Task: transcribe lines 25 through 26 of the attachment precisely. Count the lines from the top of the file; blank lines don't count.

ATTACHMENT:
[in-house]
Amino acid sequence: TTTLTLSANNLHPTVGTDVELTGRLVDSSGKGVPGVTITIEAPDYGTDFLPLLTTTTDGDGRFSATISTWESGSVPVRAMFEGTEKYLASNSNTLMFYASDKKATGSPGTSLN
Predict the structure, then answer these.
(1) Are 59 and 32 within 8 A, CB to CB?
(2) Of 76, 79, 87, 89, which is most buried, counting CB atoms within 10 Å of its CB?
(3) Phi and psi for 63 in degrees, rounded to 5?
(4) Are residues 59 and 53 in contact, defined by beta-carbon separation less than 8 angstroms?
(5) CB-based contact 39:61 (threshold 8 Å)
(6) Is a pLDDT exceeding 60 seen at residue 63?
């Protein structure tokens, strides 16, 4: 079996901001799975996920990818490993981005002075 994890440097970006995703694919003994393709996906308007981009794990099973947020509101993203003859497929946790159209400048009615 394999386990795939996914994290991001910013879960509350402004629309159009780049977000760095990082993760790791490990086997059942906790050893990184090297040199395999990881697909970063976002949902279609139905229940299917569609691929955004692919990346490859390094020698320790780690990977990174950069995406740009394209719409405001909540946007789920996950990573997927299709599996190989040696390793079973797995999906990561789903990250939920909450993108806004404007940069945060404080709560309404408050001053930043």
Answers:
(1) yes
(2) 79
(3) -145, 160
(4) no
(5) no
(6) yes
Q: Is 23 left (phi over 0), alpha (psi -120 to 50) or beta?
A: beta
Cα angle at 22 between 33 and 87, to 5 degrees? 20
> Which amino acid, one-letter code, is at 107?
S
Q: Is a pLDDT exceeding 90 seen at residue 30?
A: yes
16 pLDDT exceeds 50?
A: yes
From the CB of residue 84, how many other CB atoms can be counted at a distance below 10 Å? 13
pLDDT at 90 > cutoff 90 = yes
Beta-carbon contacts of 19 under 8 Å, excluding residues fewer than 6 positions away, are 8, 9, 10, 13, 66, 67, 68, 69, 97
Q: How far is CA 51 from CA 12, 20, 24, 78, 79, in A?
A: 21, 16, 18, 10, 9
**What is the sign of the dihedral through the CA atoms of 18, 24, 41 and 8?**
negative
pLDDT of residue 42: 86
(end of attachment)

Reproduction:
16 pLDDT exceeds 50?
A: yes